EVM tampering may have led to AAP's poor showing in Punjab, Delhi Chief Minister Arvind Kejriwal today alleged, saying around 20 to 25 per cent of its votes may have been "transferred" to the SAD-BJP coalition.
AAP's poor tally of 20 seats is "beyond understanding" and raises a "big question mark" on the reliability of electronic voting machines (EVMs) as political pundits across the spectrum had "predicted a landslide" for the party, he told a press conference here.
"How did the Akalis get 30 per cent vote share when an AAP sweep was a foregone conclusion? No one said Congress will perform so well and it got a two-third majority. We suspect that 20-25 per cent of AAP votes may have been transferred to SAD-BJP through EVM tampering," he said.
It was Kejriwal's first media interaction after March 11, the day the Punjab Assembly poll results were declared. The AAP national convenor, however, did not refer to Goa where the party drew a blank.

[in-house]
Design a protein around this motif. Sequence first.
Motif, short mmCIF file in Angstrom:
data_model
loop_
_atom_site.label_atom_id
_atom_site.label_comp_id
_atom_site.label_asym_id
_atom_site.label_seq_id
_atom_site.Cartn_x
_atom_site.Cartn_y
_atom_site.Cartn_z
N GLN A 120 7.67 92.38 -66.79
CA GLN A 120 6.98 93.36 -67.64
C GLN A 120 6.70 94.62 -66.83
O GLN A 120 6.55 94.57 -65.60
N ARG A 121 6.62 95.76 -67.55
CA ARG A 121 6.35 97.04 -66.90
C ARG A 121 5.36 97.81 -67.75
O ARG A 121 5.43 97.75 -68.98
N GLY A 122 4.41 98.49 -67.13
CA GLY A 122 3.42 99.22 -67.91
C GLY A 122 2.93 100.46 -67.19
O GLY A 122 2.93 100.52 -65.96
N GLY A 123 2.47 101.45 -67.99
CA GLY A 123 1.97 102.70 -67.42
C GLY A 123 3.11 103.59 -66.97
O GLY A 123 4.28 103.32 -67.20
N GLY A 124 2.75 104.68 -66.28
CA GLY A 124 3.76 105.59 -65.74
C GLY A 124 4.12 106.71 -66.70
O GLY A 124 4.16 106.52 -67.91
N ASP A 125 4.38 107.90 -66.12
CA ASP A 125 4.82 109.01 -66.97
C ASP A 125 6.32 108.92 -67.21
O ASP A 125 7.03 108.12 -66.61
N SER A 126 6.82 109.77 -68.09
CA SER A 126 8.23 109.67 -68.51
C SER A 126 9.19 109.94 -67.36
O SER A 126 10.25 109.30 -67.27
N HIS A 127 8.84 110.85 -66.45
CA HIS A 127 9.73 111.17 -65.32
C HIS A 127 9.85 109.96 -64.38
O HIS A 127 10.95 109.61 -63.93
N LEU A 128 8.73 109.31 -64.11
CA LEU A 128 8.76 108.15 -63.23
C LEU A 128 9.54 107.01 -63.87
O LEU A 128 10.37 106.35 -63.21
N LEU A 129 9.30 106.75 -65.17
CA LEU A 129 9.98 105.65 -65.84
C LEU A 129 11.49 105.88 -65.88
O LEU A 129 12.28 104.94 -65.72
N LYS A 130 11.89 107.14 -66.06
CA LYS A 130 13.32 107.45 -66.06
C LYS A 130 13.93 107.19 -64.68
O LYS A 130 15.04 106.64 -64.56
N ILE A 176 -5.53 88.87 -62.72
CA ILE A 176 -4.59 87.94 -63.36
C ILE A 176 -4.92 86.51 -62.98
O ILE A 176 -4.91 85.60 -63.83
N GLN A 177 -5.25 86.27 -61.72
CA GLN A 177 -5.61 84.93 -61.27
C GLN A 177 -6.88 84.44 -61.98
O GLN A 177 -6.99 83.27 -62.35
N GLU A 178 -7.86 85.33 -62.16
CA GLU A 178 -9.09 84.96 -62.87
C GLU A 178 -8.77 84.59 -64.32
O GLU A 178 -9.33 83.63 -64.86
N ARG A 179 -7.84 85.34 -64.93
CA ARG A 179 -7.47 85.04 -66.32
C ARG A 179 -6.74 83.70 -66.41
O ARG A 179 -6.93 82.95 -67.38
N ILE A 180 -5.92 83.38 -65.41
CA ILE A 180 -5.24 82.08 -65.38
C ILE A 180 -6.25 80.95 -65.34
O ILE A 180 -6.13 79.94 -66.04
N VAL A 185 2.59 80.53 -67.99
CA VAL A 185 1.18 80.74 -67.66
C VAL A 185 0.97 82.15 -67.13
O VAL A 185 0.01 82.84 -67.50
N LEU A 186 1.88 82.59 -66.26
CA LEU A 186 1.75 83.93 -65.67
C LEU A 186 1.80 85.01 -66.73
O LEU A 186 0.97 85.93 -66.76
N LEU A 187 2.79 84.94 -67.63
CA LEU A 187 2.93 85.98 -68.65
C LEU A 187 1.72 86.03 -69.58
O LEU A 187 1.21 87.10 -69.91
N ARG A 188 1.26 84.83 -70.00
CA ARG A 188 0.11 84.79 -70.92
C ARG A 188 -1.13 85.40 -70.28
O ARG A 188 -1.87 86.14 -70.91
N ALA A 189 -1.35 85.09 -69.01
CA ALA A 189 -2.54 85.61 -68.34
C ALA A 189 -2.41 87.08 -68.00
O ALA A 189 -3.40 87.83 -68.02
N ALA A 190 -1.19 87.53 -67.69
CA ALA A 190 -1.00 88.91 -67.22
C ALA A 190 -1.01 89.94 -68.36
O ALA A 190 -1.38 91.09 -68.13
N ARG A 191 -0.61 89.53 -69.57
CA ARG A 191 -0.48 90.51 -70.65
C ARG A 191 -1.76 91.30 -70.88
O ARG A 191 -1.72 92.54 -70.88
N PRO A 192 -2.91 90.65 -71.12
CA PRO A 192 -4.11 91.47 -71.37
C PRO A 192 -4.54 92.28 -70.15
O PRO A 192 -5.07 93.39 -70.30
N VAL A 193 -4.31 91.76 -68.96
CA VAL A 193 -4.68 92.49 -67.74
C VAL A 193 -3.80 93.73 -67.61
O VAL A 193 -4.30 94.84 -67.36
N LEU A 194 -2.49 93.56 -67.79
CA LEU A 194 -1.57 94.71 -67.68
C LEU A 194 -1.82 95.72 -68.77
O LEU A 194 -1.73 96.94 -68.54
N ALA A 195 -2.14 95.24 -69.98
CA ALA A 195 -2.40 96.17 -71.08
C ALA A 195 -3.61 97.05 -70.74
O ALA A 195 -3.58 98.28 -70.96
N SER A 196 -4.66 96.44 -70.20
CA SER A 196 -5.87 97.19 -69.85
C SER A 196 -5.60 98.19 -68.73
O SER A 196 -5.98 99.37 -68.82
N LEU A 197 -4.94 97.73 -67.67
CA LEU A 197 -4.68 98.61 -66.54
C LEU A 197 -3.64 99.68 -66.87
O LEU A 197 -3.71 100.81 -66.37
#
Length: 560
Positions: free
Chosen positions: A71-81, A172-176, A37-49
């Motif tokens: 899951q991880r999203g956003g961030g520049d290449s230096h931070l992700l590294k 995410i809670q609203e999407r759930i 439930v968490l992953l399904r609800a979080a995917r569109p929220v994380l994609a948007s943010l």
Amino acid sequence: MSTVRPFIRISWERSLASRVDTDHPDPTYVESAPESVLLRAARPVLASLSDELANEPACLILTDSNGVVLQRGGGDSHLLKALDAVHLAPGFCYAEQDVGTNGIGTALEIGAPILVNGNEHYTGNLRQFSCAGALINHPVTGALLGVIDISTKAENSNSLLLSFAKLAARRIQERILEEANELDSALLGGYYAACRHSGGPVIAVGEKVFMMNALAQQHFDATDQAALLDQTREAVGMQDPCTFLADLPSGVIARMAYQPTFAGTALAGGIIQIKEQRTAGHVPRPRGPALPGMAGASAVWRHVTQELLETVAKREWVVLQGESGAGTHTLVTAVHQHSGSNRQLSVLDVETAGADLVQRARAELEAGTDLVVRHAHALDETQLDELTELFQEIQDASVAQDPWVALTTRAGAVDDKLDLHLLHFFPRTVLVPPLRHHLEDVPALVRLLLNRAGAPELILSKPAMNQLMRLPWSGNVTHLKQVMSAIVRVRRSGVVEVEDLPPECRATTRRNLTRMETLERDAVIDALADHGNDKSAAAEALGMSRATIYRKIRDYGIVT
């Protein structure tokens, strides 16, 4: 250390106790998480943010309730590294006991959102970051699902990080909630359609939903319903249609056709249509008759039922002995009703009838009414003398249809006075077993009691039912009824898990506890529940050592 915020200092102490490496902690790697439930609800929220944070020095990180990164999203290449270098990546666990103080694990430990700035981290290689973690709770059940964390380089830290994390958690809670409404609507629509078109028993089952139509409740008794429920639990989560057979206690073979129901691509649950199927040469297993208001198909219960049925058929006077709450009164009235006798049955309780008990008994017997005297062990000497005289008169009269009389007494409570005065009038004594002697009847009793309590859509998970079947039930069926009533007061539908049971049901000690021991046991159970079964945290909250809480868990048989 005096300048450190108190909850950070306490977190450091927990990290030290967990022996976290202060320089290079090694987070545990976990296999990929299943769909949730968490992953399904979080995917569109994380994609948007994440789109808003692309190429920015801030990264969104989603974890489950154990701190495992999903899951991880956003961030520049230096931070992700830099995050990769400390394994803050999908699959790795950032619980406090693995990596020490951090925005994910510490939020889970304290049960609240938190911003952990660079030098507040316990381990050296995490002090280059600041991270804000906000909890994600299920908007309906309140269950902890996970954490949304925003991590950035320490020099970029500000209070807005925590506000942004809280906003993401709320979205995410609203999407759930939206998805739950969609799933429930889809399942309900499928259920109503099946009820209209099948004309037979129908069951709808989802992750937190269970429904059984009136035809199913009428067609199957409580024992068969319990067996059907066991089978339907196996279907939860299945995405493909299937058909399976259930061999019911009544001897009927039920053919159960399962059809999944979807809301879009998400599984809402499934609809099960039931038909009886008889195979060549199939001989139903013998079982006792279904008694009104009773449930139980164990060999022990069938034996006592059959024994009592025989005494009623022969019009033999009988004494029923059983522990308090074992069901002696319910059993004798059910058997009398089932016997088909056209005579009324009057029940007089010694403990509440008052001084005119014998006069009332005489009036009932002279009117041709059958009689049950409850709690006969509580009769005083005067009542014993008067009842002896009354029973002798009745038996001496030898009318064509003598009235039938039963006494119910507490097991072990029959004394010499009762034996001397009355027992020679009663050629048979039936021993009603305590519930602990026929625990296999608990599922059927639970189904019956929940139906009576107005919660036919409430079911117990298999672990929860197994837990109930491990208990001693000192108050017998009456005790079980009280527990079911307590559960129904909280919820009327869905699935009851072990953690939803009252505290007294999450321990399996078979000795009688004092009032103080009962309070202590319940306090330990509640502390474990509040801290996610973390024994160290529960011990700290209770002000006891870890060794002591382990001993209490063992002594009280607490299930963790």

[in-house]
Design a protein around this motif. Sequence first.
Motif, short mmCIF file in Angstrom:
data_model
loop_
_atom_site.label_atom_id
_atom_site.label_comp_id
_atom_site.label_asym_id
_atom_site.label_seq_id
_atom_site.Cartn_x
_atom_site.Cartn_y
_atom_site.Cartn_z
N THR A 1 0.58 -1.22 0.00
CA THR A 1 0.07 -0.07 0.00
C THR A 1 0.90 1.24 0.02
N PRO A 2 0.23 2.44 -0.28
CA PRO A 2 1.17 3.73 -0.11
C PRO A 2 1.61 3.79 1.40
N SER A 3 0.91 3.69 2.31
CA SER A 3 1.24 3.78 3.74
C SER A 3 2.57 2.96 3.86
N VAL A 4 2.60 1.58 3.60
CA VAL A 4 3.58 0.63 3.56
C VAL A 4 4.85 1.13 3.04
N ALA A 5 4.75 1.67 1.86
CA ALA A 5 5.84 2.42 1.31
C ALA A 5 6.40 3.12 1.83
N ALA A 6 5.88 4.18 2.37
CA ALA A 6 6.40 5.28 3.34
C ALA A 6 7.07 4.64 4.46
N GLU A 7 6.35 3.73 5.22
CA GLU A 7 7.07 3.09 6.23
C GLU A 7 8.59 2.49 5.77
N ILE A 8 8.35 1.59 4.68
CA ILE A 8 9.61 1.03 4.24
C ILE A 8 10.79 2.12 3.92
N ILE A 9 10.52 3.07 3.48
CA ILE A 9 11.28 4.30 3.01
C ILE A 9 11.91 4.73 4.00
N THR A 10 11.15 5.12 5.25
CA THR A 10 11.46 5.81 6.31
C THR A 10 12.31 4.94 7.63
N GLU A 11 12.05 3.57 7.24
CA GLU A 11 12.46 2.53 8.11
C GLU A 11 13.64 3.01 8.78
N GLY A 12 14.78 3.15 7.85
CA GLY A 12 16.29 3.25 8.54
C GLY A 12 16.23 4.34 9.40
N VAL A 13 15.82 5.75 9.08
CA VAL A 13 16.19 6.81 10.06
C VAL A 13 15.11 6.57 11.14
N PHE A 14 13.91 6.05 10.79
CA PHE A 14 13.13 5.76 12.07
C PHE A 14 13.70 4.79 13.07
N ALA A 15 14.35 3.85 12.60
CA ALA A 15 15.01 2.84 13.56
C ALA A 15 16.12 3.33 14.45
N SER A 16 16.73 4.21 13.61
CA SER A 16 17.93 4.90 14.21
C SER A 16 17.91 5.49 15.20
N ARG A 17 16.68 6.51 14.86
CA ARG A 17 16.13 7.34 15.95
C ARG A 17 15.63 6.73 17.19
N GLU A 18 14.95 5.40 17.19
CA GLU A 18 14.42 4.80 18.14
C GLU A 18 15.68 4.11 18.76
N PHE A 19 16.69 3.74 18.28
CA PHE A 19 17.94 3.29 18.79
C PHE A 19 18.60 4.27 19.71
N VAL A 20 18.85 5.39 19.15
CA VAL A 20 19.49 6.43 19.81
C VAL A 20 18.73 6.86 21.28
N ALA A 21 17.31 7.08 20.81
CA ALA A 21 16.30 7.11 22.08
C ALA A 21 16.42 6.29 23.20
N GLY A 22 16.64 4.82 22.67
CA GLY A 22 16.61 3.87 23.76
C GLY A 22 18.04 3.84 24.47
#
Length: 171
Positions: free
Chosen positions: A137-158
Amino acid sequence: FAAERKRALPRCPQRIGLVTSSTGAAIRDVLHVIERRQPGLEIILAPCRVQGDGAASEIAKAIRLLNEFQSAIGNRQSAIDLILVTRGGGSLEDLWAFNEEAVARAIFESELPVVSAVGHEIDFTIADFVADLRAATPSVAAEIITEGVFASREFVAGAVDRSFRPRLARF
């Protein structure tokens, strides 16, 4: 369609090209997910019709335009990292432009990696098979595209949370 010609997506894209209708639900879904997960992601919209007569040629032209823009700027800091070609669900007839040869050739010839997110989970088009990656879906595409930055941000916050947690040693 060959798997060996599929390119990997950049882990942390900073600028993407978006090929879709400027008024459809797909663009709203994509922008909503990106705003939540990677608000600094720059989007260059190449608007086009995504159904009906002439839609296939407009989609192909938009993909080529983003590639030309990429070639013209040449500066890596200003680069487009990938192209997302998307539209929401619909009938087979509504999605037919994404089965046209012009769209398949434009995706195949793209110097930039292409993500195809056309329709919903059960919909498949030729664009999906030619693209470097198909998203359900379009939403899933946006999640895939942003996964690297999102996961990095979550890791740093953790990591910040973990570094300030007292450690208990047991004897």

Yesterday, he had written to the Delhi chief secretary directing him to approach the state election commission with the request to hold the upcoming municipal polls in Delhi using ballot papers.
Kejriwal demanded that the votes registered in EVMs (electronic voting machines) be compared with the VVPAT trail in around 32 places in Punjab where the the paper audit system was in place.
"It is about the credibility of the Election Commission and the faith of people in the electoral system. We have strong prima facie evidence of foul play," he said.
Asked what explains AAP's stunning victory in 2015 polls, Kejriwal said that may have got to do with BJP's "over- confidence" that it would clinch a victory.
"So they may not have indulged in tampering. The same would explain the victory of JD(U)-RJD in Bihar. Even then BJP was very sure of winning the state," he said.
(This story has not been edited by Business Standard staff and is auto-generated from a syndicated feed.)